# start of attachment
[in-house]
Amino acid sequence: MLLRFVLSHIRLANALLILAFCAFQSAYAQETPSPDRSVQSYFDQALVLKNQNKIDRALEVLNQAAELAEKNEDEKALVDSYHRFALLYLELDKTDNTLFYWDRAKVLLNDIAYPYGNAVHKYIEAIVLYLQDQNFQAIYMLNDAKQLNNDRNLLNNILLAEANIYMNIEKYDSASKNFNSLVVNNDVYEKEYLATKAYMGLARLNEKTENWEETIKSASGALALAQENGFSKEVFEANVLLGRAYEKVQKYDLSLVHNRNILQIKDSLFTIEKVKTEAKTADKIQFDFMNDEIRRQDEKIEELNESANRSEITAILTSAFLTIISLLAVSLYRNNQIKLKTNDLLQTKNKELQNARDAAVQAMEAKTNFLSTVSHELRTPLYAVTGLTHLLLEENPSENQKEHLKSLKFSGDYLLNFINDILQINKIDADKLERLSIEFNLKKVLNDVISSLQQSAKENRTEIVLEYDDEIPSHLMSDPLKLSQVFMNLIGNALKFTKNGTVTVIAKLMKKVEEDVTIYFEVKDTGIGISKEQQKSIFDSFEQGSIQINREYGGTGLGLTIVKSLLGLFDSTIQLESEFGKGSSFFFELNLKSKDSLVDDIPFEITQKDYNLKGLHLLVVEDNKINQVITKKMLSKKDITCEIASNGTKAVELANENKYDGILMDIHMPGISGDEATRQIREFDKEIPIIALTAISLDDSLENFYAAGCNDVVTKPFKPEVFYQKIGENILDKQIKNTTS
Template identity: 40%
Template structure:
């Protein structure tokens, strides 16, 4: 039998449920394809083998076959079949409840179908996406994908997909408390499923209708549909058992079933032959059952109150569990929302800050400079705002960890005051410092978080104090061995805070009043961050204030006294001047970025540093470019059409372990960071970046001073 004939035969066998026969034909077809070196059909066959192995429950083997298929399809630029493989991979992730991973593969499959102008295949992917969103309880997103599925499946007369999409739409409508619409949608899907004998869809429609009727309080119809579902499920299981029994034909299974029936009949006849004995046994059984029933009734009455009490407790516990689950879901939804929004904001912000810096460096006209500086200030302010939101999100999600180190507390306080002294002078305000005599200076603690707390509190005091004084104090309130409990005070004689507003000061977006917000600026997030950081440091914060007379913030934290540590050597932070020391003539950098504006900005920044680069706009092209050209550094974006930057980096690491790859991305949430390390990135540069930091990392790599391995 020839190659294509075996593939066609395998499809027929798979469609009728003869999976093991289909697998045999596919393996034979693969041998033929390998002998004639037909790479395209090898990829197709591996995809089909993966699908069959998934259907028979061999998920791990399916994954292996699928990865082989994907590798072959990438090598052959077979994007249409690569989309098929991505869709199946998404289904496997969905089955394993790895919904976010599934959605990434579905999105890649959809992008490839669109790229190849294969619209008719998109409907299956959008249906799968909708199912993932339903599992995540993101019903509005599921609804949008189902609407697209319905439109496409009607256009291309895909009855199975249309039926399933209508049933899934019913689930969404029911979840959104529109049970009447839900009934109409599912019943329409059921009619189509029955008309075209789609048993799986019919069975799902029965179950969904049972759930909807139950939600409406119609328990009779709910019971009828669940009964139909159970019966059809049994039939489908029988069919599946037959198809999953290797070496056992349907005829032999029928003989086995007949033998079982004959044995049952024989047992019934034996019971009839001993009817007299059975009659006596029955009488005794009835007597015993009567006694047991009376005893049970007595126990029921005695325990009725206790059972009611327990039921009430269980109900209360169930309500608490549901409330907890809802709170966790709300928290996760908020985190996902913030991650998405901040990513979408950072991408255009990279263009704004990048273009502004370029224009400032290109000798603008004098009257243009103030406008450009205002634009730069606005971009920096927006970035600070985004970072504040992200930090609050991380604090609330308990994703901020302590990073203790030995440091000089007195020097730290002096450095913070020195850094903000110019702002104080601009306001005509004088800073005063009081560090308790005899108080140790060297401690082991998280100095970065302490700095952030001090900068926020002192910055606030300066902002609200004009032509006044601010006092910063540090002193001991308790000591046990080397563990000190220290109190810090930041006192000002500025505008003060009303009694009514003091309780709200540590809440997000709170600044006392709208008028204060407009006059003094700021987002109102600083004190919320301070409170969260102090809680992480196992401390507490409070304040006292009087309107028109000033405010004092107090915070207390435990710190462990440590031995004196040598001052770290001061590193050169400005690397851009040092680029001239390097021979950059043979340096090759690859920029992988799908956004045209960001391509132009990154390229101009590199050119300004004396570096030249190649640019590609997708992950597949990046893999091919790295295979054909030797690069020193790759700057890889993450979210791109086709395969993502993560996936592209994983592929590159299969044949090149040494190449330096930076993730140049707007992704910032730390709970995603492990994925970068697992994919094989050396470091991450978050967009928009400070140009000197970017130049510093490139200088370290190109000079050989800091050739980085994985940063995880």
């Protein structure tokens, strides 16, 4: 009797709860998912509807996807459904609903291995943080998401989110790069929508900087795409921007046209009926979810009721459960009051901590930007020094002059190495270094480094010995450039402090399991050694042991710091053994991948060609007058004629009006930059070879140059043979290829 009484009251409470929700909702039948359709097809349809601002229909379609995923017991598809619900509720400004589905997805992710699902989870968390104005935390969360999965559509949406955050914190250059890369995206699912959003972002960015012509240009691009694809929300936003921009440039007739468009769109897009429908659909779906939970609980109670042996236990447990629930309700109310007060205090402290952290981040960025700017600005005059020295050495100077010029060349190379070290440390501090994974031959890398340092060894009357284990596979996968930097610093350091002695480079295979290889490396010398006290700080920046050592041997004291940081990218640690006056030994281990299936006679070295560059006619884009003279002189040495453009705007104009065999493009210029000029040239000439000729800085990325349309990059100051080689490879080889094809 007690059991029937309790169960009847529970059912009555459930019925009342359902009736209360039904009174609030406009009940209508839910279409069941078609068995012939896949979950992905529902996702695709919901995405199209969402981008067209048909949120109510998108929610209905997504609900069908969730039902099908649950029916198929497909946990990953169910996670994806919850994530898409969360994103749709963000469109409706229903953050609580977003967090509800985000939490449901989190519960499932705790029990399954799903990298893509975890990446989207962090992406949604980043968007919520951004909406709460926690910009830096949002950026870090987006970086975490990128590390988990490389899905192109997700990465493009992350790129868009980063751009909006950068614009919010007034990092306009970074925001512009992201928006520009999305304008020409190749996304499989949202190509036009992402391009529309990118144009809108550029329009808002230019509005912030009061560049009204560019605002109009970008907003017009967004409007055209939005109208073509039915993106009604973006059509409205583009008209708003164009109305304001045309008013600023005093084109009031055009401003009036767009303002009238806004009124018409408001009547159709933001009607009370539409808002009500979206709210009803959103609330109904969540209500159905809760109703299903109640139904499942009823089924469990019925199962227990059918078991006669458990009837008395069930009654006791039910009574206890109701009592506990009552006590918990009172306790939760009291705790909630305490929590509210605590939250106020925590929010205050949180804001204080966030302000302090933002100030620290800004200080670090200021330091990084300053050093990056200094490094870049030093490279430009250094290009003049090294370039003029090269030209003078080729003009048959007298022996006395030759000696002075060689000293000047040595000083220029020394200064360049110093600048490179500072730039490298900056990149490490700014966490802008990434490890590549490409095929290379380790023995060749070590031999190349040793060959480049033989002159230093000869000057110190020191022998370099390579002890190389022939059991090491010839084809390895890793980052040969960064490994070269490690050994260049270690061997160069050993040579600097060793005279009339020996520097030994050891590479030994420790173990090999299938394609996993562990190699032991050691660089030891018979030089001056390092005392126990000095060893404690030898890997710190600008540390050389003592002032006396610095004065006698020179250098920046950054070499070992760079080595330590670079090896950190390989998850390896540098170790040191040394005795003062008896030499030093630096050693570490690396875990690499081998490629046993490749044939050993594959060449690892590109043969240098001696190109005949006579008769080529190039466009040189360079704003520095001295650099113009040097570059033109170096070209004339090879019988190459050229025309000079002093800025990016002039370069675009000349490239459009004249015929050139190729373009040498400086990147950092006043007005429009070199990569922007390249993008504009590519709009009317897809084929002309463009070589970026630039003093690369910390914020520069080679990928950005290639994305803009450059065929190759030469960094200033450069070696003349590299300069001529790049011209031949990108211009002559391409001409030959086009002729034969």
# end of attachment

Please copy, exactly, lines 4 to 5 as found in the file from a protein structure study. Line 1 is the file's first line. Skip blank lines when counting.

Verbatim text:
Template structure:
């Protein structure tokens, strides 16, 4: 039998449920394809083998076959079949409840179908996406994908997909408390499923209708549909058992079933032959059952109150569990929302800050400079705002960890005051410092978080104090061995805070009043961050204030006294001047970025540093470019059409372990960071970046001073 004939035969066998026969034909077809070196059909066959192995429950083997298929399809630029493989991979992730991973593969499959102008295949992917969103309880997103599925499946007369999409739409409508619409949608899907004998869809429609009727309080119809579902499920299981029994034909299974029936009949006849004995046994059984029933009734009455009490407790516990689950879901939804929004904001912000810096460096006209500086200030302010939101999100999600180190507390306080002294002078305000005599200076603690707390509190005091004084104090309130409990005070004689507003000061977006917000600026997030950081440091914060007379913030934290540590050597932070020391003539950098504006900005920044680069706009092209050209550094974006930057980096690491790859991305949430390390990135540069930091990392790599391995 020839190659294509075996593939066609395998499809027929798979469609009728003869999976093991289909697998045999596919393996034979693969041998033929390998002998004639037909790479395209090898990829197709591996995809089909993966699908069959998934259907028979061999998920791990399916994954292996699928990865082989994907590798072959990438090598052959077979994007249409690569989309098929991505869709199946998404289904496997969905089955394993790895919904976010599934959605990434579905999105890649959809992008490839669109790229190849294969619209008719998109409907299956959008249906799968909708199912993932339903599992995540993101019903509005599921609804949008189902609407697209319905439109496409009607256009291309895909009855199975249309039926399933209508049933899934019913689930969404029911979840959104529109049970009447839900009934109409599912019943329409059921009619189509029955008309075209789609048993799986019919069975799902029965179950969904049972759930909807139950939600409406119609328990009779709910019971009828669940009964139909159970019966059809049994039939489908029988069919599946037959198809999953290797070496056992349907005829032999029928003989086995007949033998079982004959044995049952024989047992019934034996019971009839001993009817007299059975009659006596029955009488005794009835007597015993009567006694047991009376005893049970007595126990029921005695325990009725206790059972009611327990039921009430269980109900209360169930309500608490549901409330907890809802709170966790709300928290996760908020985190996902913030991650998405901040990513979408950072991408255009990279263009704004990048273009502004370029224009400032290109000798603008004098009257243009103030406008450009205002634009730069606005971009920096927006970035600070985004970072504040992200930090609050991380604090609330308990994703901020302590990073203790030995440091000089007195020097730290002096450095913070020195850094903000110019702002104080601009306001005509004088800073005063009081560090308790005899108080140790060297401690082991998280100095970065302490700095952030001090900068926020002192910055606030300066902002609200004009032509006044601010006092910063540090002193001991308790000591046990080397563990000190220290109190810090930041006192000002500025505008003060009303009694009514003091309780709200540590809440997000709170600044006392709208008028204060407009006059003094700021987002109102600083004190919320301070409170969260102090809680992480196992401390507490409070304040006292009087309107028109000033405010004092107090915070207390435990710190462990440590031995004196040598001052770290001061590193050169400005690397851009040092680029001239390097021979950059043979340096090759690859920029992988799908956004045209960001391509132009990154390229101009590199050119300004004396570096030249190649640019590609997708992950597949990046893999091919790295295979054909030797690069020193790759700057890889993450979210791109086709395969993502993560996936592209994983592929590159299969044949090149040494190449330096930076993730140049707007992704910032730390709970995603492990994925970068697992994919094989050396470091991450978050967009928009400070140009000197970017130049510093490139200088370290190109000079050989800091050739980085994985940063995880």